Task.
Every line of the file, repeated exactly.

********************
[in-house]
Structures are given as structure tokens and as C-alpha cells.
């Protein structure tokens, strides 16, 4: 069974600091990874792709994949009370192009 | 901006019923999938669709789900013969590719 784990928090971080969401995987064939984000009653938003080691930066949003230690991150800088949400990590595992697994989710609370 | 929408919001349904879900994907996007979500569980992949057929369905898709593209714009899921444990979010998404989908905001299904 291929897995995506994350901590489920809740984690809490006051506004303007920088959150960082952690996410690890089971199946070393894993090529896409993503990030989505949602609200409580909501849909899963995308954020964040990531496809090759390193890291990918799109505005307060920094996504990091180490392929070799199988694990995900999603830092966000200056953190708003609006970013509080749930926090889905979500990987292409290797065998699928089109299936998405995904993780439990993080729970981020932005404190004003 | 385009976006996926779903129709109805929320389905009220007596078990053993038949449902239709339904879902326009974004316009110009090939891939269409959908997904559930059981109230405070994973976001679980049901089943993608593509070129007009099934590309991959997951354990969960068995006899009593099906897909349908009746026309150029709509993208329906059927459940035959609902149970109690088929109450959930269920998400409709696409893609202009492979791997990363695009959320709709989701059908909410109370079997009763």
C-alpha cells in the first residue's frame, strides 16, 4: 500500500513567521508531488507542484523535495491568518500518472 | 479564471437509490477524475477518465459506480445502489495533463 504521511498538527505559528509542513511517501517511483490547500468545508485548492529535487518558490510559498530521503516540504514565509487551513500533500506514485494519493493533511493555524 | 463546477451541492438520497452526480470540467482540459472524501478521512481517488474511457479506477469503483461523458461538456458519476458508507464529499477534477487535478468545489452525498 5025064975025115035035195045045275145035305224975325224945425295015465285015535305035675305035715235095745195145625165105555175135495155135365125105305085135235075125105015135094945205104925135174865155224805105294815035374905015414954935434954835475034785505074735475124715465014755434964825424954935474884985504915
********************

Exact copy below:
[in-house]
Structures are given as structure tokens and as C-alpha cells.
């Protein structure tokens, strides 16, 4: 069974600091990874792709994949009370192009 | 901006019923999938669709789900013969590719 784990928090971080969401995987064939984000009653938003080691930066949003230690991150800088949400990590595992697994989710609370 | 929408919001349904879900994907996007979500569980992949057929369905898709593209714009899921444990979010998404989908905001299904 291929897995995506994350901590489920809740984690809490006051506004303007920088959150960082952690996410690890089971199946070393894993090529896409993503990030989505949602609200409580909501849909899963995308954020964040990531496809090759390193890291990918799109505005307060920094996504990091180490392929070799199988694990995900999603830092966000200056953190708003609006970013509080749930926090889905979500990987292409290797065998699928089109299936998405995904993780439990993080729970981020932005404190004003 | 385009976006996926779903129709109805929320389905009220007596078990053993038949449902239709339904879902326009974004316009110009090939891939269409959908997904559930059981109230405070994973976001679980049901089943993608593509070129007009099934590309991959997951354990969960068995006899009593099906897909349908009746026309150029709509993208329906059927459940035959609902149970109690088929109450959930269920998400409709696409893609202009492979791997990363695009959320709709989701059908909410109370079997009763």
C-alpha cells in the first residue's frame, strides 16, 4: 500500500513567521508531488507542484523535495491568518500518472 | 479564471437509490477524475477518465459506480445502489495533463 504521511498538527505559528509542513511517501517511483490547500468545508485548492529535487518558490510559498530521503516540504514565509487551513500533500506514485494519493493533511493555524 | 463546477451541492438520497452526480470540467482540459472524501478521512481517488474511457479506477469503483461523458461538456458519476458508507464529499477534477487535478468545489452525498 5025064975025115035035195045045275145035305224975325224945425295015465285015535305035675305035715235095745195145625165105555175135495155135365125105305085135235075125105015135094945205104925135174865155224805105294815035374905015414954935434954835475034785505074735475124715465014755434964825424954935474884985504915